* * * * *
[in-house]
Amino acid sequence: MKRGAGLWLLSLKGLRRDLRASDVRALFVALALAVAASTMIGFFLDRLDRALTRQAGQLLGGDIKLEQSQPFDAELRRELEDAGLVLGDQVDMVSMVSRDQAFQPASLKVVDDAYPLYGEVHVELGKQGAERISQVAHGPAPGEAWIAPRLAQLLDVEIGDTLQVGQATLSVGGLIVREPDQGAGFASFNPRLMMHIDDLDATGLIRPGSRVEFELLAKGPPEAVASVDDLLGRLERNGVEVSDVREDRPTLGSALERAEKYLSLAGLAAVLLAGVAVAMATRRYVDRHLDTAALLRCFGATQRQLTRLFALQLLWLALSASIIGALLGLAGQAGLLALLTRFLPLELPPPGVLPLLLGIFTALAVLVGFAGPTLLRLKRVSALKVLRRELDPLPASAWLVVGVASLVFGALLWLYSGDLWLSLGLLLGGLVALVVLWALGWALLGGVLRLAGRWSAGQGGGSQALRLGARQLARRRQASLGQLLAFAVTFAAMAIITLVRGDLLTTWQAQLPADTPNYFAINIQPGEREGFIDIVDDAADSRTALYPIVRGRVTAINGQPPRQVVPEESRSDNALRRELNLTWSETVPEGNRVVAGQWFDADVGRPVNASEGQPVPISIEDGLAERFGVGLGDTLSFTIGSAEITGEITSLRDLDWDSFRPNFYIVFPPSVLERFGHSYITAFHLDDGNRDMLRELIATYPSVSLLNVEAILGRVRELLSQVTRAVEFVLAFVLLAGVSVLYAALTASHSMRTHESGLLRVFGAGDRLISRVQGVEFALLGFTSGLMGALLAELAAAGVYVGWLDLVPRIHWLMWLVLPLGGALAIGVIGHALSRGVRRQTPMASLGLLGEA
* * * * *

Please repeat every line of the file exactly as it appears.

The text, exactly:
[in-house]
Amino acid sequence: MKRGAGLWLLSLKGLRRDLRASDVRALFVALALAVAASTMIGFFLDRLDRALTRQAGQLLGGDIKLEQSQPFDAELRRELEDAGLVLGDQVDMVSMVSRDQAFQPASLKVVDDAYPLYGEVHVELGKQGAERISQVAHGPAPGEAWIAPRLAQLLDVEIGDTLQVGQATLSVGGLIVREPDQGAGFASFNPRLMMHIDDLDATGLIRPGSRVEFELLAKGPPEAVASVDDLLGRLERNGVEVSDVREDRPTLGSALERAEKYLSLAGLAAVLLAGVAVAMATRRYVDRHLDTAALLRCFGATQRQLTRLFALQLLWLALSASIIGALLGLAGQAGLLALLTRFLPLELPPPGVLPLLLGIFTALAVLVGFAGPTLLRLKRVSALKVLRRELDPLPASAWLVVGVASLVFGALLWLYSGDLWLSLGLLLGGLVALVVLWALGWALLGGVLRLAGRWSAGQGGGSQALRLGARQLARRRQASLGQLLAFAVTFAAMAIITLVRGDLLTTWQAQLPADTPNYFAINIQPGEREGFIDIVDDAADSRTALYPIVRGRVTAINGQPPRQVVPEESRSDNALRRELNLTWSETVPEGNRVVAGQWFDADVGRPVNASEGQPVPISIEDGLAERFGVGLGDTLSFTIGSAEITGEITSLRDLDWDSFRPNFYIVFPPSVLERFGHSYITAFHLDDGNRDMLRELIATYPSVSLLNVEAILGRVRELLSQVTRAVEFVLAFVLLAGVSVLYAALTASHSMRTHESGLLRVFGAGDRLISRVQGVEFALLGFTSGLMGALLAELAAAGVYVGWLDLVPRIHWLMWLVLPLGGALAIGVIGHALSRGVRRQTPMASLGLLGEA